5 on Friday: Digital Scrapbooking

chewbacca lyla

Chewbacca Lyla


Happy Halloween! Here is granddaughter Lyla in her Chewbacca costume from last year. Not sure what costumes are in store for her and sister Wren, but I’m hoping Wren is Princess Leia with cinnamon buns on her tiny head.

As usual, I digress.

We’re here to talk about digital scrapbooking. Back in 2003 I was a scrapbooking nut and I have the evidence:  several scrapbooks in various stages of completion, plus scrapbooks gifts in other homes, plus a cabinet full of supplies upstairs in a spare bedroom.

Sound familiar?  If you are (were) into scrapbooking, then this describes you, too.

But I have not abandoned scrapbooking.  Now I just do it differently.  More convenient–ly, less mess-ily, more eas-… you get the idea.

I do it on my computer.  Digital-ly.

Here’s how it works:

1.   I use an online scrapbooking source called Designer Digitals http://www.designerdigitals.com/   There you will find all kinds of papers, titles, journalers and embellishments.    It’s a treasure trove of ideas, templates, and a busy community of scrappers to share with.   All on your computer.

You can also purchase scrapbooking software that contains templates, elements and instructions to build simple pages.  And some free photo management programs have a scrapbook feature, too.

2. You’ll need a copy of Photoshop Elements on your computer.  It is an extremely light version of Photoshop, designed for ordinary people, and costs about $50.  You will get your money’s worth out of it before Christmas, I swear.

3.  Designer Digitals has lots of tutorials on how to  scrap online, plus tips on how to use Photoshop Elements to scrap.bathtime-150x150

4.  Now the fun part. Start small with a single page.  Choose the picture you want to use and the embellishments.  Designer Digitals has many of its elements on sale.  Purchase, download, then save all your scrapping supplies to a folder in your computer.

5.  Start a project in Photoshop Elements and layer your choice, starting with the paper, then the picture, then the embellishments.  Don’t forget a title and journaling. You can do it all right there on the page.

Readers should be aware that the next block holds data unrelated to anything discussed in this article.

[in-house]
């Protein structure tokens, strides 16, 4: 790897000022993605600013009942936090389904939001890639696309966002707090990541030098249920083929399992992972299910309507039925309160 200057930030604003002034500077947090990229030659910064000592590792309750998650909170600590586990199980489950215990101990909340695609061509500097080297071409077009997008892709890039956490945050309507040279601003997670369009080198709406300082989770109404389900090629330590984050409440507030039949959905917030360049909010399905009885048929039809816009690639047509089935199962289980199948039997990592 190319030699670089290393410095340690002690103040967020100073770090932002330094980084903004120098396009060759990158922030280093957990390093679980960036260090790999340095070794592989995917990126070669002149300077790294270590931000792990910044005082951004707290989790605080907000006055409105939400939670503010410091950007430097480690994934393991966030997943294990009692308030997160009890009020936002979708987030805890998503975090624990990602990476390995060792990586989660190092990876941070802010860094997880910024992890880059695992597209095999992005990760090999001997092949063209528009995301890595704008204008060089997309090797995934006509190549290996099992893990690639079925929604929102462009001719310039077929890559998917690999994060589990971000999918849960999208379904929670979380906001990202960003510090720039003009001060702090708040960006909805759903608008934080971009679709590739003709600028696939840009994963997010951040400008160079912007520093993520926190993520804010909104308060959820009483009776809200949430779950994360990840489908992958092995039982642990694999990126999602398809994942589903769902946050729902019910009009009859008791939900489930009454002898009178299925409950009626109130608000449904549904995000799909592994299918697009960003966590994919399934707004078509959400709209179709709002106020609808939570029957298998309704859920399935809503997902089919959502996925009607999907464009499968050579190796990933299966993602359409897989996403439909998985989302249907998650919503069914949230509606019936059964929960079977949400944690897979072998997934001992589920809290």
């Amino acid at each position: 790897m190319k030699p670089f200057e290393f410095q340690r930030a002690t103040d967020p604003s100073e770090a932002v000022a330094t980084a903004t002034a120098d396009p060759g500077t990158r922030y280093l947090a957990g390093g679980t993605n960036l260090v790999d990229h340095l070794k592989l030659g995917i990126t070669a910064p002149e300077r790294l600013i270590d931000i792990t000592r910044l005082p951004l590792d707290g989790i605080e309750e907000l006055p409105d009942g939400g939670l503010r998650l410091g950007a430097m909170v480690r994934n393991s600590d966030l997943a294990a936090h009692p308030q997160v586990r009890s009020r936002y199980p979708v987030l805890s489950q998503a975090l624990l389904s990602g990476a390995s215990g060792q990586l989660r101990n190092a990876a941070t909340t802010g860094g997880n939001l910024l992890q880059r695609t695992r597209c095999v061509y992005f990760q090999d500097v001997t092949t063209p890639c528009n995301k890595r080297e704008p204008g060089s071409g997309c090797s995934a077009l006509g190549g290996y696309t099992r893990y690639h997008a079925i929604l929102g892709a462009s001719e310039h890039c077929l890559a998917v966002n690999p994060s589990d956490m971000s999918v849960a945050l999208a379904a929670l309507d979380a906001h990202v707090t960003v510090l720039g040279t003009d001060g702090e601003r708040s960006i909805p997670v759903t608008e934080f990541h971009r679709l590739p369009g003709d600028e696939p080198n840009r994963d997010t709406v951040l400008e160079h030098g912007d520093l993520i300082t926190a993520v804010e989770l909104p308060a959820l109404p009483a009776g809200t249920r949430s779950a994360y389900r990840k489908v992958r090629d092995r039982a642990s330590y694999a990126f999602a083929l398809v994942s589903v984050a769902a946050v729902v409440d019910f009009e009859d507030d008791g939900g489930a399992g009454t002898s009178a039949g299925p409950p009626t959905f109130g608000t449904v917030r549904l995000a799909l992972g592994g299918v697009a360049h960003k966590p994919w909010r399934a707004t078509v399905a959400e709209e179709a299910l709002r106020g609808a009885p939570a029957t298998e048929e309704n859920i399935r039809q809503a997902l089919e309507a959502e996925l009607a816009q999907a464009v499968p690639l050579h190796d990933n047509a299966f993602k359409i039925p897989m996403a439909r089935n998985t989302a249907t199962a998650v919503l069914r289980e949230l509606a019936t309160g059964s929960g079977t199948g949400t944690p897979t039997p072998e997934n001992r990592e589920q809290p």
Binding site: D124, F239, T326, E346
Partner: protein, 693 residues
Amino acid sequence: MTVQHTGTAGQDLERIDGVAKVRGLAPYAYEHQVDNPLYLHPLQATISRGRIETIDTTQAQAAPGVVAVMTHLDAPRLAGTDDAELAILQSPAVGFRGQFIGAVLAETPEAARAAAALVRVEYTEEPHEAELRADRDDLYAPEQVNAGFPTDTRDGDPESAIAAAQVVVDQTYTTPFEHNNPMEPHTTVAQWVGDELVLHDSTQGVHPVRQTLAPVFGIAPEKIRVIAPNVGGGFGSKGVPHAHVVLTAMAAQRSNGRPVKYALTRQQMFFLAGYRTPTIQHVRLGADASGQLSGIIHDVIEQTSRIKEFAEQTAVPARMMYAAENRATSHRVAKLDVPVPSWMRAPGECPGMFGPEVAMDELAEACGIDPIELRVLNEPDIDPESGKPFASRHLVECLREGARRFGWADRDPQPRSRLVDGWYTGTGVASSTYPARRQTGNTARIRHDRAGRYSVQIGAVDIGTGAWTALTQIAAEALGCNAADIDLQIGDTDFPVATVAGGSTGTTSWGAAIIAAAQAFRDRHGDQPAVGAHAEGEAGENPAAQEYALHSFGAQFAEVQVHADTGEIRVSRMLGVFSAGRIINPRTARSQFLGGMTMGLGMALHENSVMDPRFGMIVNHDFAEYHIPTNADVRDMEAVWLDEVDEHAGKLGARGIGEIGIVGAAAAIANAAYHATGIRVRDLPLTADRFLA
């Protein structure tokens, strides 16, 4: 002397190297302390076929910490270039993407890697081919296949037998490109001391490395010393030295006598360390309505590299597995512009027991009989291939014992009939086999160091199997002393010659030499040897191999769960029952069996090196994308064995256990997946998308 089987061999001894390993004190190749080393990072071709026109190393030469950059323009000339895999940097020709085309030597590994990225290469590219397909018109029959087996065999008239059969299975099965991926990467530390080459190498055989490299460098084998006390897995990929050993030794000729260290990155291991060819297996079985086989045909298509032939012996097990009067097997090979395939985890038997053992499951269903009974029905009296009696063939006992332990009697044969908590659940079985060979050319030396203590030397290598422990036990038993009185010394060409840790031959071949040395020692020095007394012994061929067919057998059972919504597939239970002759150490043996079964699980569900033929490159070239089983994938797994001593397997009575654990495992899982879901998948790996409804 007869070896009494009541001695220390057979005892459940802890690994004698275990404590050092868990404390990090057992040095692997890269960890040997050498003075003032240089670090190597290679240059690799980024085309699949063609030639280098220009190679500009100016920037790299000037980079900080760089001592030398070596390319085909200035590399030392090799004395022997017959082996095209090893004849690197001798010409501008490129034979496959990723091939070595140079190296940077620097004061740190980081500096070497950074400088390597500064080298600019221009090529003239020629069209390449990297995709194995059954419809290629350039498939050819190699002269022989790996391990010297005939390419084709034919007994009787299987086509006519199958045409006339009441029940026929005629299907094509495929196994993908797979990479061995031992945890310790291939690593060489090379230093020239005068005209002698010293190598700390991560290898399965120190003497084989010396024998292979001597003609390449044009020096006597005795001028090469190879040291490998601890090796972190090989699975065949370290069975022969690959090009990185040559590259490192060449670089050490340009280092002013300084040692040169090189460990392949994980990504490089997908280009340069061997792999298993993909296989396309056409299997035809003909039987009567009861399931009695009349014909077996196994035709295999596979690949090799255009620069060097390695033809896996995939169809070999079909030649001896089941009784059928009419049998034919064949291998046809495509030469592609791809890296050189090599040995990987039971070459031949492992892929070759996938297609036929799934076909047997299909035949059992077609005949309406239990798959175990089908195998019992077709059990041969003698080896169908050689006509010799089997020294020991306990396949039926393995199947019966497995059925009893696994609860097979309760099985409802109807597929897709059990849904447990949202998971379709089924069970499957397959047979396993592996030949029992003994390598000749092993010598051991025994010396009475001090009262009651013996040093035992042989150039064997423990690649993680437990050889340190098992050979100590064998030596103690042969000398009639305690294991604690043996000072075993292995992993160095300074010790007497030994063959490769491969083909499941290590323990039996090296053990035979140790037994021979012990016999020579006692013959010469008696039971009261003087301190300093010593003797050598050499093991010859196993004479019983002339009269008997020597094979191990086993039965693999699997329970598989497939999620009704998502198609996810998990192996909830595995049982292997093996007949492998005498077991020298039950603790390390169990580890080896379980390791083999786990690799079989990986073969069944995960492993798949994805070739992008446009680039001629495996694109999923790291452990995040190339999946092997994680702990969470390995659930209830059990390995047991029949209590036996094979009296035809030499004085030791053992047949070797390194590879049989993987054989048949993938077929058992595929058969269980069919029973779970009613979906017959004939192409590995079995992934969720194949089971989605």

Then print your 8.5 x 11 page on your color printer, using the  high quality settings.  If you’re scrapping 12 x 12, you can take the files on a flash drive to an office print store like Office Depot or Fed Ex Office to print the larger size.

Slip the page into an album and get started on the next one.

It’s addictive. I can’t stop.

Ciao, sweeties,


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Wednesday Wine Pairing and Start Small

star wars

When my kids were little and I told them it was time to tackle the clutter in their bedrooms, they were over whelmed with the task.

“Just start with one corner.  Do that one corner. That’s all.”

They could then sit down in that one corner and organize the Star Wars figures or the My Little Ponies or whatever it was.  When that was done, they could move to another corner, and so on until the room was clean.

I say the same thing to my clients when they are faced with the task of what to do with a lifetime of photos, slides, VHS tapes, old film, or stacks of videotapes from cameras long gone.

Don’t think about handling (scanning, transferring, digitizing) all of it at once. You’ll go nuts. And so will your bank account.

Just do one corner.  Pull out the VHS tapes that are the most important:  weddings, birthdays, babies.  Take those somewhere to have them put on DVD or another format that you can edit yourself in Windows Movie Maker or iMovie.  You can find those places online.  (Dallas Media Center is one of those places.)

Then when you see how easy it was and get to watch that video for the first time in years, you’ll be spurred on to tackle another stack of stuff.

Think small.

Kind of like Jeff and those perfect wines under $10.

Wine of the week: Faustino VII Tinto 2010